2009 Gold Buffalo Proof Coins

by Mike Unser on October 22, 2009 · 9 comments

American Buffalo Proof Gold CoinThe United States Mint today said the 2009 American Buffalo Gold Proof Coin will launch on Thursday, October 29, at noon Eastern Time.

The release date is not surprising since it was tentatively announced earlier this month. What is nearly shocking is that there will be "no mintage or household order limit for this product."

A quick "Hurray!" comes to mind, before it is silenced somewhat with the prospects of the mad dash to order.

Given their lateness in release, the fact that they were suspended several times in 2008 due to "unprecedented demand" for gold coins, and their natural desirability, the pent up demand for proof 2009 Buffalo coins is enormous. The bullion versions of these coins opened Thursday, Oct. 15 to blistering sales. 71,500 were sold by the following Monday. As of Wednesday, 86,000 were gone, representing in those few days an astounding 50 percent of the entire total sold in 2008!

And the bullion versions are sold in bulk to the Mint’s several authorized dealers — not in tens of thousands of onesies or twosies orders as will occur when coin collectors buy. Even an optimist has to suspect the US Mint phone lines and Web site will again be susceptible to downtime, as happened last Thursday when nearly 30,000 Lincoln Coin and Chronicles Sets were purchased within five hours.

But then, it is not like any limit could prevent that if the one-ounce, 24 karat Buffalo gold coin price tag is within reach of the average collector who wants one. Perhaps that is what the Mint is expecting… that the price will keep some shoppers at home initially. Should gold remain above $1,050 an ounce as it has been, the price for Proof Buffalo coins will be $1,360 — a large increase compared to when the 2008s were launched and gold was cheaper. Yet, the 2008s on the secondary market are going for more than two times their Mint launch price. The $1,360 price does not look expensive at all by comparison.

The reality is that a limit could have increased the frenzy on order day. Still, there is no public Mint memo indicating how long the 2009s will be struck — it is close to 2010 after all — and how many 24 karat coin blanks they have. Most collectors are likely to purchase as soon as possible, "while they can." The 2008 experience and sudden halt of other collector coins has to be on the back of their minds.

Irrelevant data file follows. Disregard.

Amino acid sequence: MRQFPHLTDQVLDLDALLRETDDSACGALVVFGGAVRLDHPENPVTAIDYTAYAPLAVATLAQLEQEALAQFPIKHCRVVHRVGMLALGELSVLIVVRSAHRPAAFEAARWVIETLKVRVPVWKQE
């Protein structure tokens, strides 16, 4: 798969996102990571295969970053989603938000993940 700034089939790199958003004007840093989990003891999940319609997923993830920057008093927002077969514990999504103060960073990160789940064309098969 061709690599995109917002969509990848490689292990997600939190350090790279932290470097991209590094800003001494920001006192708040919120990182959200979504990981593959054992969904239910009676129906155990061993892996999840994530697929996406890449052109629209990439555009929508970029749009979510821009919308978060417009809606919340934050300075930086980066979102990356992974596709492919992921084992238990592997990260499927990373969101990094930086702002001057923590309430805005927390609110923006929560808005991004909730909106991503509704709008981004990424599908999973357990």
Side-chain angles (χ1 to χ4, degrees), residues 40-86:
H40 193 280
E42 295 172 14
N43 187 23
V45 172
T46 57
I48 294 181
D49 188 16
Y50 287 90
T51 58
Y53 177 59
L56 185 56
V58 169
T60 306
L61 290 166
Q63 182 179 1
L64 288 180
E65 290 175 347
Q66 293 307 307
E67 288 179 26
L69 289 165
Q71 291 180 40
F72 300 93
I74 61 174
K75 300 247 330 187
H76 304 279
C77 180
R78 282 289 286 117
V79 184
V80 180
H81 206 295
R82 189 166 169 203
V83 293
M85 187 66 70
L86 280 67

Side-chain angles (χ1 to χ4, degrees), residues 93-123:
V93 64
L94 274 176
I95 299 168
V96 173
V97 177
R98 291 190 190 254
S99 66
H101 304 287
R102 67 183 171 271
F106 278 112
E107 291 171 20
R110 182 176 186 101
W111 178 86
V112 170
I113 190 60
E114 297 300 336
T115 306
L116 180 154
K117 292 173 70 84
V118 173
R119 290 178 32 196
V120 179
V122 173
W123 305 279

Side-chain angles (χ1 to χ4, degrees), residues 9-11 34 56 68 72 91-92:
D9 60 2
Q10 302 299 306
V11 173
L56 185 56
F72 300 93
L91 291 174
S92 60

Last year the Mint struck fractional sizes of the Buffalo gold coin. This year it will not as a result of a slashing of its numismatic portfolio — a decision the Mint made in Nov. 2008. The Mint reminds coin collectors of this fact within its announcement today.


As a result of the numismatic product portfolio analysis conducted late last year, fractional denominations of the American Buffalo Gold Proof and Uncirculated Coins, as well as the American Buffalo Four-Coin Set, are no longer offered for sale.  


Buffalo coin design

Both the obverse and reverse of the Buffalo coin are the same basic design that first appeared on the 1913 circulating nickel, commonly known by most as either the "Indian Head Nickel" or the "Buffalo Nickel." This classic coin is considered by many to be one of the most beautiful ever produced by the US Mint and ran until 1938, when it is discontinued in favor of the Thomas Jefferson design.

The obverse has a portrait of a Native American, said to be a composite of three Indian chiefs. Many have claimed to be one of those three models, but only two were ever verified by the artist James Earle Fraser; Cheyenne Chief Two Moons and Lakota Sioux Chief Iron Tail.

The reverse contains an image of an American buffalo, also known as a bison. It is believed by many to be modeled after the creature named "Black Diamond" who lived in the New York City Zoo.


"Each 2009 American Buffalo Gold Proof Coin is presented in an elegant hardwood box with a matte finish and a faux leather inset," the US Mint said in its release announcement.  "The coins are exhibited on a platform which can stand at an angle for display when the box is open.  A custom-designed Certificate of Authenticity signed by the Director of the United States Mint is also included."


The coins are struck at the US Mint facility at West Point Mint and bear the "W" mint mark.

Order details